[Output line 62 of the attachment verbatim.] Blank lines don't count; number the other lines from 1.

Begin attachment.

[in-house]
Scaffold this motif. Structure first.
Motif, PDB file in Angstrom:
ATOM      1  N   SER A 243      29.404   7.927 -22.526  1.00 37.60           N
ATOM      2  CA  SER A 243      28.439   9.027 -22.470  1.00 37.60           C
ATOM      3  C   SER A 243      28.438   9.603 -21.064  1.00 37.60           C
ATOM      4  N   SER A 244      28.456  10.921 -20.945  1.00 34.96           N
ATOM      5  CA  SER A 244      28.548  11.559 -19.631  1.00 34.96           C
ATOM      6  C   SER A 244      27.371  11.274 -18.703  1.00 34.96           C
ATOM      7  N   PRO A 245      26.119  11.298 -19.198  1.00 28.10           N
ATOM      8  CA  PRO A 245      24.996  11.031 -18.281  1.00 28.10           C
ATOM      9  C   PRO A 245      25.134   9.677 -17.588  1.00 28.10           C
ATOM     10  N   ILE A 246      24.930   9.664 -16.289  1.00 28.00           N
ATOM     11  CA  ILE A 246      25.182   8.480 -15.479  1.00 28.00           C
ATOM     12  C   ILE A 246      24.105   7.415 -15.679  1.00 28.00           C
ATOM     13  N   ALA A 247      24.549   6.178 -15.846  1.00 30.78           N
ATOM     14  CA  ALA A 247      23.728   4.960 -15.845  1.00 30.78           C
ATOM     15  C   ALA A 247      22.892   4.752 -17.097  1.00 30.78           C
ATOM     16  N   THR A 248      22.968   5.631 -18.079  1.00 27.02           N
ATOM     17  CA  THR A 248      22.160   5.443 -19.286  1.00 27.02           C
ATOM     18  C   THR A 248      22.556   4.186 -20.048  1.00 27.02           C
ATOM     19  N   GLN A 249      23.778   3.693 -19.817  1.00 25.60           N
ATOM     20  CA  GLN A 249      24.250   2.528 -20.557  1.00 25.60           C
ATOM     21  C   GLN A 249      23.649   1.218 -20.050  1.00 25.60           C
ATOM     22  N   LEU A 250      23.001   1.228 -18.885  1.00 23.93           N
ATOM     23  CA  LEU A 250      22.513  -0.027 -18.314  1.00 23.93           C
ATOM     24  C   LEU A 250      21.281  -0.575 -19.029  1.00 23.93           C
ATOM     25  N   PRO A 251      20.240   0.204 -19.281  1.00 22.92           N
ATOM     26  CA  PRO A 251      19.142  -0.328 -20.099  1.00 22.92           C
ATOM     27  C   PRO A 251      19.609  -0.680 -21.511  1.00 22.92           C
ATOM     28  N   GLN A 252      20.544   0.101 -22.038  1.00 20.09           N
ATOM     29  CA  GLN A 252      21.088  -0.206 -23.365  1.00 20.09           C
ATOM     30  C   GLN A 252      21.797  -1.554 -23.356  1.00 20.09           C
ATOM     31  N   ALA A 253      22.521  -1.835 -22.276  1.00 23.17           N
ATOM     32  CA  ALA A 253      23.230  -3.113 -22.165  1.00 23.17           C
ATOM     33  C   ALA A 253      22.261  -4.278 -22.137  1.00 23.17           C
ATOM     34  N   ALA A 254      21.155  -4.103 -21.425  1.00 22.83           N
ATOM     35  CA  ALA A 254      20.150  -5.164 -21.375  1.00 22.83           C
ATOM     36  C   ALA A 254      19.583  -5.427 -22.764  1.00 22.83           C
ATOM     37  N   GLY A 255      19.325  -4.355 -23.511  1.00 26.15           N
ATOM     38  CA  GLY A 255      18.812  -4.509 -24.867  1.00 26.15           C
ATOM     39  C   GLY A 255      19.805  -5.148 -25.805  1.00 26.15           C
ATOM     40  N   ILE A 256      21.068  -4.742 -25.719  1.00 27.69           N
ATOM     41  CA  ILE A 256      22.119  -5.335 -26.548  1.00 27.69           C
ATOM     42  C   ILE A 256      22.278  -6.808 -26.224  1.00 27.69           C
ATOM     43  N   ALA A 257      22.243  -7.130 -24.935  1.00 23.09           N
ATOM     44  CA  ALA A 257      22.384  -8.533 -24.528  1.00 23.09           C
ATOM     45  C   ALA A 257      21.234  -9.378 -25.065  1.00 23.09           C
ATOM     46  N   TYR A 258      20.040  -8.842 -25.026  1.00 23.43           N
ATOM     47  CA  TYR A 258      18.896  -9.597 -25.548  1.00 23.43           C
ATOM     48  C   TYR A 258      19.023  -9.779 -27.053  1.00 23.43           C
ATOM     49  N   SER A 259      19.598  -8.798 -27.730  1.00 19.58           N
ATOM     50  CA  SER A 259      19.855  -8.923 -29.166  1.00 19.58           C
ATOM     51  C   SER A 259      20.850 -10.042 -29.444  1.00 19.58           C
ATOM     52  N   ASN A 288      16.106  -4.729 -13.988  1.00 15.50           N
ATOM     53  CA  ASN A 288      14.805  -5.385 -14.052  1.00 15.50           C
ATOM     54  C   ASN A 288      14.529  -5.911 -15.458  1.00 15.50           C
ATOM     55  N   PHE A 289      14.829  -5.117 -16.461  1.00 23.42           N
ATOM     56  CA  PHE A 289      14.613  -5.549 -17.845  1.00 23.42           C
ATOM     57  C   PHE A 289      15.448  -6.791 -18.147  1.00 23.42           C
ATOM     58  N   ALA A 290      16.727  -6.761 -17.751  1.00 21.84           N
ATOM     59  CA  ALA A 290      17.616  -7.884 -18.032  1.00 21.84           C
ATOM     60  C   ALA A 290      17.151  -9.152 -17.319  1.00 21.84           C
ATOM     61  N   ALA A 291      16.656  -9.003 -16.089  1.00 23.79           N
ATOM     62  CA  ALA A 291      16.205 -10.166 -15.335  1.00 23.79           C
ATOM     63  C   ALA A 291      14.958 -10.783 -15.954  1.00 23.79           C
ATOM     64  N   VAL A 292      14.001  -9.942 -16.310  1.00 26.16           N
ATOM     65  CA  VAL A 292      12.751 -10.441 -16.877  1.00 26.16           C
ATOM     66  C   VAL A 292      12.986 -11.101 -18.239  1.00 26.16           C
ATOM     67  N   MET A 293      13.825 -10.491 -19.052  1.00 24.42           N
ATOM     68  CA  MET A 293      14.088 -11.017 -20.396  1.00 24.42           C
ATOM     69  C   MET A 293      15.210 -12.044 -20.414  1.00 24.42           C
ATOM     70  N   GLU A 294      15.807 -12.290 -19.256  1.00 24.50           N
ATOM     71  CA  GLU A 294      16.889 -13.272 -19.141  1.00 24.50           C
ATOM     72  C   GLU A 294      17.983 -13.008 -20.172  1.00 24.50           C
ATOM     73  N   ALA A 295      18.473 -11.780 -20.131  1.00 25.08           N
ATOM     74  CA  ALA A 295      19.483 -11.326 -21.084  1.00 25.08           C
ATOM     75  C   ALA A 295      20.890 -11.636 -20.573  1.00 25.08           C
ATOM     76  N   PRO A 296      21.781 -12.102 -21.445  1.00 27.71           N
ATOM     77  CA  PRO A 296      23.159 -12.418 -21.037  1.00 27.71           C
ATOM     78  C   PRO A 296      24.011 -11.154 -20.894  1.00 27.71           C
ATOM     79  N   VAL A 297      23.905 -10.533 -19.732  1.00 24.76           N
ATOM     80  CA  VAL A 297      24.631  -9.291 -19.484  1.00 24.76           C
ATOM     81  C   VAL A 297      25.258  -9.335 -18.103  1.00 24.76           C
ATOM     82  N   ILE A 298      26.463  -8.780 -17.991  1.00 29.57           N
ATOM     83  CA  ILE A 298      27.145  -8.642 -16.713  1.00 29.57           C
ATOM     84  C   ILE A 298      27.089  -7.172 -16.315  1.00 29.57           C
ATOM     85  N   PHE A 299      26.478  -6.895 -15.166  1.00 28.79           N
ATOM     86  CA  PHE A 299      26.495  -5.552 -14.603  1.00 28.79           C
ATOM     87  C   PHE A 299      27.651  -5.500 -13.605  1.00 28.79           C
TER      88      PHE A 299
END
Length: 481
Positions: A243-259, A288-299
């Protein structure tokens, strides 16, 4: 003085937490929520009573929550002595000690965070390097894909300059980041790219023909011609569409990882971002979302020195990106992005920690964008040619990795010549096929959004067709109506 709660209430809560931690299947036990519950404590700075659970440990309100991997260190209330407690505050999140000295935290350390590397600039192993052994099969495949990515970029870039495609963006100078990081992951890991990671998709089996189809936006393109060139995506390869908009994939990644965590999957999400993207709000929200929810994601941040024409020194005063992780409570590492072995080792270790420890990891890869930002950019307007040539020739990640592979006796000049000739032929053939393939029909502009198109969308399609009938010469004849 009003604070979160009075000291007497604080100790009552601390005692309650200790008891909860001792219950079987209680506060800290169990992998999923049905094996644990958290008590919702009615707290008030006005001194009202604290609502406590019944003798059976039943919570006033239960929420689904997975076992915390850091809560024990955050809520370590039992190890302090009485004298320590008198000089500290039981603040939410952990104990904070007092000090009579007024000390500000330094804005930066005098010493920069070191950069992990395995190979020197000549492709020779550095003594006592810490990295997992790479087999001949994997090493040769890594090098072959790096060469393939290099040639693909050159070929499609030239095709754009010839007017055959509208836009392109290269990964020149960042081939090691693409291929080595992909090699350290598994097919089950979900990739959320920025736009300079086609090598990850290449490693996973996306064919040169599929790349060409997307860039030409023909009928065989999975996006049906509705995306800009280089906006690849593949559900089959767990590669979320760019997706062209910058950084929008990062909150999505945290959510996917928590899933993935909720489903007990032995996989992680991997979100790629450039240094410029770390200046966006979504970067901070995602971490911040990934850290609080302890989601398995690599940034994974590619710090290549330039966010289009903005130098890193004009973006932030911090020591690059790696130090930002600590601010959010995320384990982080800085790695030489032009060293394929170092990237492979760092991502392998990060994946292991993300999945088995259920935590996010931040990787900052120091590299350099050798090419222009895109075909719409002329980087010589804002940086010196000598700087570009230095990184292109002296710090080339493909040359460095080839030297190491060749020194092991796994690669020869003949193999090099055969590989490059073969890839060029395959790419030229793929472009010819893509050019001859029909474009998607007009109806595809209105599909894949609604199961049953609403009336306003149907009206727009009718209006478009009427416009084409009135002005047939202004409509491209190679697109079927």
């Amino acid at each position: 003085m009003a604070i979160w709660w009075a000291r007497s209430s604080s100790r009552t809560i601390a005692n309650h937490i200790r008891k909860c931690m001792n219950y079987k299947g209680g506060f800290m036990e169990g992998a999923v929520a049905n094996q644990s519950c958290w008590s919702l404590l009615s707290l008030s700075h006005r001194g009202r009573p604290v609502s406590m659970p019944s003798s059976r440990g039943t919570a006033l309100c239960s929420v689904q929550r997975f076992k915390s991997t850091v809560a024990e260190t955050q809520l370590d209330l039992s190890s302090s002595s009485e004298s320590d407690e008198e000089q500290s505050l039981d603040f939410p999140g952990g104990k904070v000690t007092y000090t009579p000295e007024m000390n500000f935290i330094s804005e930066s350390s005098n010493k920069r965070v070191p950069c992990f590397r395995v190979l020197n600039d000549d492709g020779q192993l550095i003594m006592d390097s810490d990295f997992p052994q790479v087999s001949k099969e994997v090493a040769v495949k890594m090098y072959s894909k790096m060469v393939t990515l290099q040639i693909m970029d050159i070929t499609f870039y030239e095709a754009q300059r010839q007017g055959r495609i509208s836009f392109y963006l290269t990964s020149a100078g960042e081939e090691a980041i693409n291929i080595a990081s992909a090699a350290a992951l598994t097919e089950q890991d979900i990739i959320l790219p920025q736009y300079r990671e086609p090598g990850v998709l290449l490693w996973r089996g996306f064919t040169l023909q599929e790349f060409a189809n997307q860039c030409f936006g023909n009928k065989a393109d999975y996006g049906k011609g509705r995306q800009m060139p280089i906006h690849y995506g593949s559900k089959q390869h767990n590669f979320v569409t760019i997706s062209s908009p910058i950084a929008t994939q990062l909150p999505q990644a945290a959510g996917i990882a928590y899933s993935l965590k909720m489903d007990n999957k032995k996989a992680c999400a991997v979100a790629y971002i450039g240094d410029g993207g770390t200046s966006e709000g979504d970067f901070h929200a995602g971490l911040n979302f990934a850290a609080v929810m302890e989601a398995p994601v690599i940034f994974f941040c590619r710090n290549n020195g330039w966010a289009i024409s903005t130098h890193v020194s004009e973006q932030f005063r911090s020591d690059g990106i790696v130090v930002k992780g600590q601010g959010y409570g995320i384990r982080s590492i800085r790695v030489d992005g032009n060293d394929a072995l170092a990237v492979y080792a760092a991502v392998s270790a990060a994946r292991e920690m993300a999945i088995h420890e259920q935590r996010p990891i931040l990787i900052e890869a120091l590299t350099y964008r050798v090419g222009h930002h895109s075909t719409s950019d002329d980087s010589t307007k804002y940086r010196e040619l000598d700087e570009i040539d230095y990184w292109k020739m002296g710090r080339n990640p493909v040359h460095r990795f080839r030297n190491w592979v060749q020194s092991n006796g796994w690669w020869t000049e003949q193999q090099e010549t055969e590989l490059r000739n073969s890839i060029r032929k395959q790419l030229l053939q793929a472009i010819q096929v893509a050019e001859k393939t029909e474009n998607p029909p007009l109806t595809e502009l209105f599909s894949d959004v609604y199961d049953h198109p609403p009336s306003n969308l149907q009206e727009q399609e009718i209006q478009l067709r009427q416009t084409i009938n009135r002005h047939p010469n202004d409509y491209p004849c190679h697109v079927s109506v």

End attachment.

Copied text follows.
ATOM     59  CA  ALA A 290      17.616  -7.884 -18.032  1.00 21.84           C